Towards a Quantitative Analysis of Crackling Noise by Strain Drop Measurements

  • Viktor Soprunyuk
  • Sabine Puchberger
  • Wilfried Schranz
  • Andreas Tröster
  • Eduard Vives
  • Ekhard K. H. Salje
Chapter
Part of the Understanding Complex Systems book series (UCS)

Abstract

The method of measuring strain drops with a Dynamic Mechanical Analyzer (DMA) at slowly varying stress has a considerable potential to become an interesting complementary tool for the study of mechanical failure and earthquake dynamics in micron-sized materials. Evidence for this claim is provided by measurements of the \(\mathrm {SiO_2}\)-based porous materials Vycor and Gelsil under slow uniaxial compression at constant force rates of \(10^{-4}{-}10^{-3}\,\mathrm{N s}^{-1}\) using a Diamond DMA (Dynamical Mechanical Analyzer, Perkin Elmer). The jerky evolution of the sample’s height with time is analyzed in order to determine the corresponding power-law exponents for the maximum velocity distribution, the squared maximum velocity distribution as well as the aftershock activity in the region before macroscopic failure. A comparison with recent results from acoustic emission (AE) data on the same materials (J. Baró, Á. Corral, X. Illa, A. Planes, E. K. H. Salje, W. Schranz, D. E. Soto-Parra, and E. Vives, Phys. Rev. Lett. 110, 088702 (2013)) shows similitude in the statistics, although the two methods operate on different spatial and temporal scales. Moreover, the obtained power-law exponents are in reasonable agreement with theoretical mean-field values (M. LeBlanc, L. Angheluta, K. Dahmen, N. Goldenfeld, Phys. Rev. B 87, 022126 (2013)). The results indicate that the failure dynamics of materials can be well studied by measuring strain drops under slow compression, which opens the possibility to study earthquake dynamics in the laboratory also at non-ambient conditions, i.e. at high temperatures or under confining liquid pore pressure.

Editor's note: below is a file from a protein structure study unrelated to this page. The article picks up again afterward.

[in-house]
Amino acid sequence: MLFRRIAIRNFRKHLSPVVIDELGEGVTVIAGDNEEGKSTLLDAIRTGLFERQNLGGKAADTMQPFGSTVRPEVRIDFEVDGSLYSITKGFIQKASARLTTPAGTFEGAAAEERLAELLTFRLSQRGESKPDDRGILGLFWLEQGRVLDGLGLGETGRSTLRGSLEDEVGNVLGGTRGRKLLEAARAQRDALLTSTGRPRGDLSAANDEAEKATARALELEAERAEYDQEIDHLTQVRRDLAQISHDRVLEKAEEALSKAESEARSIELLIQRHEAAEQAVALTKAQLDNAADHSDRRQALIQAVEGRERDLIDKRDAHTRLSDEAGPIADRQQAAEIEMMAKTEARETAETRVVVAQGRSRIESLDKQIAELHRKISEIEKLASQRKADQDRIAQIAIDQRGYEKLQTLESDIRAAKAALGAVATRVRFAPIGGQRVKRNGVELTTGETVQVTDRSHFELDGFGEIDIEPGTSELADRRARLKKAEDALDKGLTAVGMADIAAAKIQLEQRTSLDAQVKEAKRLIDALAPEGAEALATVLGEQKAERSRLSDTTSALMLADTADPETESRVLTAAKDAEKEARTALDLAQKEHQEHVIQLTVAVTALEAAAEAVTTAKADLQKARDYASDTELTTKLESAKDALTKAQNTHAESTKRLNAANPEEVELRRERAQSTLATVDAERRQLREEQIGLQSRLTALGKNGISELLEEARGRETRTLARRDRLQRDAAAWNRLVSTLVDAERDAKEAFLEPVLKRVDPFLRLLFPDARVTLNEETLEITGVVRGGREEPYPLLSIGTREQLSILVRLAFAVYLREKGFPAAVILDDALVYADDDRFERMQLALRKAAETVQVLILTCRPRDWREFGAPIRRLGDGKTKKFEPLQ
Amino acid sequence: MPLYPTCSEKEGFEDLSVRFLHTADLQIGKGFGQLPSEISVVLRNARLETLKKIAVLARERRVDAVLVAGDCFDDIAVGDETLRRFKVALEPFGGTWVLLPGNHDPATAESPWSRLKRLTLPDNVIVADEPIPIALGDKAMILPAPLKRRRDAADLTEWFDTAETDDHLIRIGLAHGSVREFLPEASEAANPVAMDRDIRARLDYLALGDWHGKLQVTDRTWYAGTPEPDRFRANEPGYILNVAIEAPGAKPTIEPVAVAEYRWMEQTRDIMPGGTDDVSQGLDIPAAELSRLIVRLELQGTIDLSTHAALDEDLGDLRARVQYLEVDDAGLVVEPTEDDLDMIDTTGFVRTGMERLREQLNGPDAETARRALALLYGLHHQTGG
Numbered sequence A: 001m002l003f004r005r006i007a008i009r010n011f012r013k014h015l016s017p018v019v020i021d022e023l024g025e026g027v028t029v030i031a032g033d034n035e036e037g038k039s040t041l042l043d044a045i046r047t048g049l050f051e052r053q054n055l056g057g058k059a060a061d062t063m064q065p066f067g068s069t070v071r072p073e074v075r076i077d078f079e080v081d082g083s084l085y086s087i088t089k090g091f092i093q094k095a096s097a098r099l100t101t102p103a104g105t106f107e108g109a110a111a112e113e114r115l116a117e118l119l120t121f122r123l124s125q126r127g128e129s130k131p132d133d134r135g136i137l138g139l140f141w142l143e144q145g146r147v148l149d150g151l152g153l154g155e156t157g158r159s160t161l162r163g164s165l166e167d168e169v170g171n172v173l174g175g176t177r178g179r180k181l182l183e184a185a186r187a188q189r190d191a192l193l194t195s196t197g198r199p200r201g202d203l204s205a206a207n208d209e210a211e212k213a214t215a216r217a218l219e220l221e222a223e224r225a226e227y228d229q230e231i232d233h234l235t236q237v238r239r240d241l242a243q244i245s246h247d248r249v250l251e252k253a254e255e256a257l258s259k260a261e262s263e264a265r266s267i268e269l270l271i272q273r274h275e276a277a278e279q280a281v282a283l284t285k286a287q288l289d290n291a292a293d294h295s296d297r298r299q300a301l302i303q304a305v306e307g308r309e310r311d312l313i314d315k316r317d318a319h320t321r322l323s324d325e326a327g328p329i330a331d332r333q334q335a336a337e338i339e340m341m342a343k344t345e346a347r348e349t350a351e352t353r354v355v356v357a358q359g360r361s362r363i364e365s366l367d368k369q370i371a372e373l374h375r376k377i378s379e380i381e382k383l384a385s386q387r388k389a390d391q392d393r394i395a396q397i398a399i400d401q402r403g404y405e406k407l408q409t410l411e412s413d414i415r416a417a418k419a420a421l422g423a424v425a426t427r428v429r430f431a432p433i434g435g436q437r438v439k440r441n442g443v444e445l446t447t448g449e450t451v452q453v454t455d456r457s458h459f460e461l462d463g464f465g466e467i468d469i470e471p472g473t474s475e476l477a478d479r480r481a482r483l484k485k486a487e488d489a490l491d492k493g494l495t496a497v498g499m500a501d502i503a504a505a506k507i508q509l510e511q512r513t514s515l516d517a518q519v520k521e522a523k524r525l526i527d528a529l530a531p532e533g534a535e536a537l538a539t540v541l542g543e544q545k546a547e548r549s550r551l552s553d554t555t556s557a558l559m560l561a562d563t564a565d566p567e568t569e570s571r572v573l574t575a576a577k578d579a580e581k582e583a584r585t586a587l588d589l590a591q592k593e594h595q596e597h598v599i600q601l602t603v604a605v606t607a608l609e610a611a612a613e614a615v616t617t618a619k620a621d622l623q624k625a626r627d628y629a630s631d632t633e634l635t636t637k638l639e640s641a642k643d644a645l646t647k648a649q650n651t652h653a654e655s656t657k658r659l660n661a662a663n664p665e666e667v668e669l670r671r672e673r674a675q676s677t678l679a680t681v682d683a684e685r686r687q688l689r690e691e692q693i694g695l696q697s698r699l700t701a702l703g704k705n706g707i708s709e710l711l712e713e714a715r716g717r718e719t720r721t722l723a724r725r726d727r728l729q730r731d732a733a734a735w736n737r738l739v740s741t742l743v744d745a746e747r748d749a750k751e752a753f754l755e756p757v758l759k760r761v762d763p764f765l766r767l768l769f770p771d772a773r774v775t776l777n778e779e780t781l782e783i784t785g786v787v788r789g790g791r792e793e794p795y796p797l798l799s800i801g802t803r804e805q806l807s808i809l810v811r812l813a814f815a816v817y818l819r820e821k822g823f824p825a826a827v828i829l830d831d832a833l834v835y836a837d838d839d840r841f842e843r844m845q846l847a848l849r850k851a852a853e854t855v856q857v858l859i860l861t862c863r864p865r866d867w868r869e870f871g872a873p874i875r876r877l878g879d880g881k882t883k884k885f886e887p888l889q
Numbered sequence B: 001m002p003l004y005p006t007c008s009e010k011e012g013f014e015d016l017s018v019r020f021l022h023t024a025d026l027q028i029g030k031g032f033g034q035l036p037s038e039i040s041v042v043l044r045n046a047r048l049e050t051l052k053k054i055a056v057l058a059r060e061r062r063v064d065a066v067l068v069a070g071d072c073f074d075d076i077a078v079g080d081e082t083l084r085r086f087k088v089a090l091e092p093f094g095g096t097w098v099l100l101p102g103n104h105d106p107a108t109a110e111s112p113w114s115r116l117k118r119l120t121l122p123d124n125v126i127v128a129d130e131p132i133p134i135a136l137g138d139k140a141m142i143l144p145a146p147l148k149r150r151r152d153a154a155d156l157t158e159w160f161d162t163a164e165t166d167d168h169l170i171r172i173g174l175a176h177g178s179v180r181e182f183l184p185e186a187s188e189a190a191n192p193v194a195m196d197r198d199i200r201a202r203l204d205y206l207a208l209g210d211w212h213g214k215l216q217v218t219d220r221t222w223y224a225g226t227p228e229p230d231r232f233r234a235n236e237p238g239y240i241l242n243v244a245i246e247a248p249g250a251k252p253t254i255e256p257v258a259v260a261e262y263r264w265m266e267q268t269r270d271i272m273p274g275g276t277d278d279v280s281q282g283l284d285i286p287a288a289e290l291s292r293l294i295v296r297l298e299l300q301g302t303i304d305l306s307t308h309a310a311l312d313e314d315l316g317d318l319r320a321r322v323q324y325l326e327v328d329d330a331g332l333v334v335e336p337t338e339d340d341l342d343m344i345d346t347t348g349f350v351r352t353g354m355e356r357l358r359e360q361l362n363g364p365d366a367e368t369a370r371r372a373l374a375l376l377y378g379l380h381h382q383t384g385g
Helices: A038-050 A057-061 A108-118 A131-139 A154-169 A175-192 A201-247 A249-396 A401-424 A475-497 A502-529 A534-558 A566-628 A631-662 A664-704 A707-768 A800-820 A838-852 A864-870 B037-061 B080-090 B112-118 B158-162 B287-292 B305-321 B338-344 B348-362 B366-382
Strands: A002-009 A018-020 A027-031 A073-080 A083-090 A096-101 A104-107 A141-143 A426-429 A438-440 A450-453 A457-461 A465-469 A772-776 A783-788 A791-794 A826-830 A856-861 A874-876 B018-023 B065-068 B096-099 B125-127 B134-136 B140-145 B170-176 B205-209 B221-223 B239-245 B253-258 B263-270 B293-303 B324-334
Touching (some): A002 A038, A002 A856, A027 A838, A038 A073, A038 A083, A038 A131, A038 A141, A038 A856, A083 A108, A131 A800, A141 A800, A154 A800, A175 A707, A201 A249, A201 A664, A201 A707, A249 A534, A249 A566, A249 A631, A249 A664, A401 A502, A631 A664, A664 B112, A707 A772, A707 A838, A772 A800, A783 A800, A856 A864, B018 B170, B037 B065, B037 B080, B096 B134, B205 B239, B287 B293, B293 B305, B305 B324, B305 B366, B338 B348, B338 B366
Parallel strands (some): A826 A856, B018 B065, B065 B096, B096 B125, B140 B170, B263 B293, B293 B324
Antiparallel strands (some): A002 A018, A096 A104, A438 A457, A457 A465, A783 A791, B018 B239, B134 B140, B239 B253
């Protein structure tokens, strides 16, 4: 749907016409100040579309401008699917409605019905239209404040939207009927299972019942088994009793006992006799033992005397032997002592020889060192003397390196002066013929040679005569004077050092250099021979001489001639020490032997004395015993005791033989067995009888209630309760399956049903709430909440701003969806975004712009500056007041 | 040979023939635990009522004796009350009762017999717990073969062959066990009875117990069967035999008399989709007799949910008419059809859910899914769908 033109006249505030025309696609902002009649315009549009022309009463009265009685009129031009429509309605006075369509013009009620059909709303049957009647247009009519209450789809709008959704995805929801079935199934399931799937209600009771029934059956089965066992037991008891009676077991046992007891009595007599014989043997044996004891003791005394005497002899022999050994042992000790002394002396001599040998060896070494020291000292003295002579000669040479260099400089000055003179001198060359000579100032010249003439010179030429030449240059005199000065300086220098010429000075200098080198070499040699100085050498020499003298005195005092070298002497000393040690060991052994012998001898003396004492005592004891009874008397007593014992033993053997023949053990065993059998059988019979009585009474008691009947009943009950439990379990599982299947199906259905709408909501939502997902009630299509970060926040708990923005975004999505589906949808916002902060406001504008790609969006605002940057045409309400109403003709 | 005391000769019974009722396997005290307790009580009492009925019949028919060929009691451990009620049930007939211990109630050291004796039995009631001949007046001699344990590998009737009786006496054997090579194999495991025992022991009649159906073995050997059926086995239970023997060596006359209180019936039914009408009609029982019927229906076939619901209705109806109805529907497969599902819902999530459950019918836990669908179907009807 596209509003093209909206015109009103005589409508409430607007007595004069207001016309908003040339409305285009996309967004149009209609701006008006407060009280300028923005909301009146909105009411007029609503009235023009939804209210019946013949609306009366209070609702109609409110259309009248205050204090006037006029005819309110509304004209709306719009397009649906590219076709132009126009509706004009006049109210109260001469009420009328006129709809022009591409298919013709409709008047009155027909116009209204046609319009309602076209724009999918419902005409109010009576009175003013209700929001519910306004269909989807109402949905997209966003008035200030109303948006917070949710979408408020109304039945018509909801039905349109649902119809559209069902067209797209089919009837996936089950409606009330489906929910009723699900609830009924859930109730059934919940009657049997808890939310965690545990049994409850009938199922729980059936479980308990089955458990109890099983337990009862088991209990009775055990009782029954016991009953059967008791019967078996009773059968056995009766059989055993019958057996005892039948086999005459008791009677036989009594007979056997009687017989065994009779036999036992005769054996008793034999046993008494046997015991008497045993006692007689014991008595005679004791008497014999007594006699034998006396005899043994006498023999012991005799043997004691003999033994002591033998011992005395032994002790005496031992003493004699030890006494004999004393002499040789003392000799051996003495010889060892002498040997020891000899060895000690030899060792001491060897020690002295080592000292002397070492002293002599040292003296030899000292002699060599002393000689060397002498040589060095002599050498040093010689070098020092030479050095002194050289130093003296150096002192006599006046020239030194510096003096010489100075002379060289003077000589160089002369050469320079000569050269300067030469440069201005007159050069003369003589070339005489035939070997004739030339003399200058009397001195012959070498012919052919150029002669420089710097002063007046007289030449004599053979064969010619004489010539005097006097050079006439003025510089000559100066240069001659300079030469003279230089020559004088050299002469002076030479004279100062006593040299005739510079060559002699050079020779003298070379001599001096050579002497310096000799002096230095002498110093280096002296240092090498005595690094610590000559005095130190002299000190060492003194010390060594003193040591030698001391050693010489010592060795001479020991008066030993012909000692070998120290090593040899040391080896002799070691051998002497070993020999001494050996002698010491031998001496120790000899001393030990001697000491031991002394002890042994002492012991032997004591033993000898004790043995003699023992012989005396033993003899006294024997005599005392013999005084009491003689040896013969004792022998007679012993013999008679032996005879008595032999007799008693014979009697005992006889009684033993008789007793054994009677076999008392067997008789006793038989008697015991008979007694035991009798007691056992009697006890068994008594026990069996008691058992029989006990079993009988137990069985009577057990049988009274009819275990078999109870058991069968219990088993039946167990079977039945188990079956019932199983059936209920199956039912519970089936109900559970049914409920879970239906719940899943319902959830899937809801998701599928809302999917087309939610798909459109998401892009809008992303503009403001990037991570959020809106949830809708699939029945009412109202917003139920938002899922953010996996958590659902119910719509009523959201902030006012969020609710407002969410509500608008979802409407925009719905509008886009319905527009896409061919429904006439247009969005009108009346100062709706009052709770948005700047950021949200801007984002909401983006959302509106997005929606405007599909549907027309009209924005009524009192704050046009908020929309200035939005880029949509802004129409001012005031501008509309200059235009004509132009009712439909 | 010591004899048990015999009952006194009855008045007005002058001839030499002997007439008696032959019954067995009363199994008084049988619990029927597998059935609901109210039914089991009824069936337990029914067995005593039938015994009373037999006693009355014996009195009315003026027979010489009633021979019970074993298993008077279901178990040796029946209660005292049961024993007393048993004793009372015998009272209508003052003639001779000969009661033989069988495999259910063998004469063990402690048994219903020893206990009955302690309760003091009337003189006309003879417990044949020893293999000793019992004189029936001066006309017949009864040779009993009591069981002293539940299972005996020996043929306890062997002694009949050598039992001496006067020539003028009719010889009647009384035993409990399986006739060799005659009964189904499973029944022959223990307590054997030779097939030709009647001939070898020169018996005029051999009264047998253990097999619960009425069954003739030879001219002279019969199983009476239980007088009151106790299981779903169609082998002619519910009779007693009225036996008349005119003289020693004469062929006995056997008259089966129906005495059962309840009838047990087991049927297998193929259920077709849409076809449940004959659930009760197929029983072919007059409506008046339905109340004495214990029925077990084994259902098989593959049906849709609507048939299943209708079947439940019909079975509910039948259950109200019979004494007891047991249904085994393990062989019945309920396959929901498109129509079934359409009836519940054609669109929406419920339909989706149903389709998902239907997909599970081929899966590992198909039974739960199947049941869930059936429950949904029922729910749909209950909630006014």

PACS numbers

62.20.mm 89.75.Da 91.30.Dk 

Notes

Acknowledgments

We acknowledge financial support from the Austrian Science Fund (FWF) projects P28672-N36 and P27738-N28.

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Copyright information

© Springer International Publishing AG 2017

Authors and Affiliations

  • Viktor Soprunyuk
    • 1
  • Sabine Puchberger
    • 1
  • Wilfried Schranz
    • 1
  • Andreas Tröster
    • 2
  • Eduard Vives
    • 3
  • Ekhard K. H. Salje
    • 4
  1. 1.Faculty of PhysicsUniversity of ViennaWienAustria
  2. 2.Institute of Material Chemistry, Vienna University of TechnologyWienAustria
  3. 3.Facultat de Física, Departament d’Estructura i Constituents de la MatériaUniversitat de BarcelonaBarcelonaSpain
  4. 4.Department of Earth SciencesUniversity of CambridgeCambridgeUK

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